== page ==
ChamTech says it has an aerosol that can turn a tree into an aerial to give a better phone signal
A spray-on coating that could boost phone reception and Wi-Fi signals was introduced by Anthony Sutera, co-founder of military technology firm ChamTech, at a recent Google “Solve for X” event.
The company claims its product does not just boost phone reception, but can turn just about anything into an antenna.
My other car is an antenna
If you are tired of hunting for invisible streams of radio waves in search of a better signal, this new technology could help. ChamTech’s “antenna-in-a-can” coats an object’s surface with thousands of nanocapacitors and spray-on particles, which can turn virtually anything into a transmitter … even a tree. As an added bonus, the spray-on antenna does not require any power.
In its tests, Sutera’s team sprayed a third-generation iPhone with the material, and claimed it boosted the signal by almost 10 percent. They have also sprayed a tree, which was then capable of broadcasting a VHF signal over 14 miles.
However, do not expect these magic cans to appear in a Carphone Warehouse anytime soon, if ever. As ChamTech is a military supplier, the technology would be used initially by the American armed forces. It could also be deployed in areas hit by natural disasters, as it would allow first responders to establish emergency communications more quickly and efficiently.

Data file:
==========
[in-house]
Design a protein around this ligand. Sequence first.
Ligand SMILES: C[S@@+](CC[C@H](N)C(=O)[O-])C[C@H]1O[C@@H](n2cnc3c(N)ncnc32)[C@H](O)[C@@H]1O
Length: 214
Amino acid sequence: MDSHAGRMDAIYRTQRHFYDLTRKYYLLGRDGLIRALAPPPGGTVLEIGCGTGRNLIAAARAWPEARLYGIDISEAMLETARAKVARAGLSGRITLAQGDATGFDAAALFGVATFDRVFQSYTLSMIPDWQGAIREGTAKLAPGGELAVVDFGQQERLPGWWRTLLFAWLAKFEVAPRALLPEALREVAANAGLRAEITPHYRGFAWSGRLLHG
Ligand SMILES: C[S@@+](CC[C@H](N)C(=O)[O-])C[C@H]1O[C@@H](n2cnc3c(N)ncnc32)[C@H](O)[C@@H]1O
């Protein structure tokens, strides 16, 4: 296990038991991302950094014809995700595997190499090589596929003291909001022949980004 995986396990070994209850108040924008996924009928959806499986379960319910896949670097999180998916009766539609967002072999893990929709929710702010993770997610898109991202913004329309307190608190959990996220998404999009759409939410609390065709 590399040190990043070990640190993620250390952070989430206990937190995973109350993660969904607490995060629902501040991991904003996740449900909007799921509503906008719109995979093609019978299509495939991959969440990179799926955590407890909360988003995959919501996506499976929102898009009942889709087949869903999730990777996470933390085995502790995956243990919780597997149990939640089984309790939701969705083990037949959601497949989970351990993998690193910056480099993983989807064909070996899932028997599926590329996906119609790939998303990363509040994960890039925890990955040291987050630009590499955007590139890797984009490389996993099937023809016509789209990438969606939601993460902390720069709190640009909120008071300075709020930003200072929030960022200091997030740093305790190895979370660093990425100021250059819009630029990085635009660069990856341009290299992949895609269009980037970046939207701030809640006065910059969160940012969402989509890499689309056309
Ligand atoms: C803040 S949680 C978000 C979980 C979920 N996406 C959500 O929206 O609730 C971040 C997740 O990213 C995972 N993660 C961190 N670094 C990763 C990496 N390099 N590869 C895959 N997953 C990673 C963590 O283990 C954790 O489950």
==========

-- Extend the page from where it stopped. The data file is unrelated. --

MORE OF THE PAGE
If it actually works, that is. Some radio enthusiasts have said the proposed technology goes against the most basic electromagnetics’ laws. Many have called the presentation a hoax. The fact that ChamTech failed to open a “combat training facility” twice in the past does not add to the company’s credibility. And its bare Website does not inspire confidence either.
Spray-on antenna system sounds wonderful in theory. But until we see some real-world testing, or an article in a peer reviewed paper, it is worth taking this discovery with a pinch of salt.
A similar technology was worked on by the US Defence Advanced Research Projects Agency (Darpa) back in 2001. Since then, all of the companies involved in the project have moved on.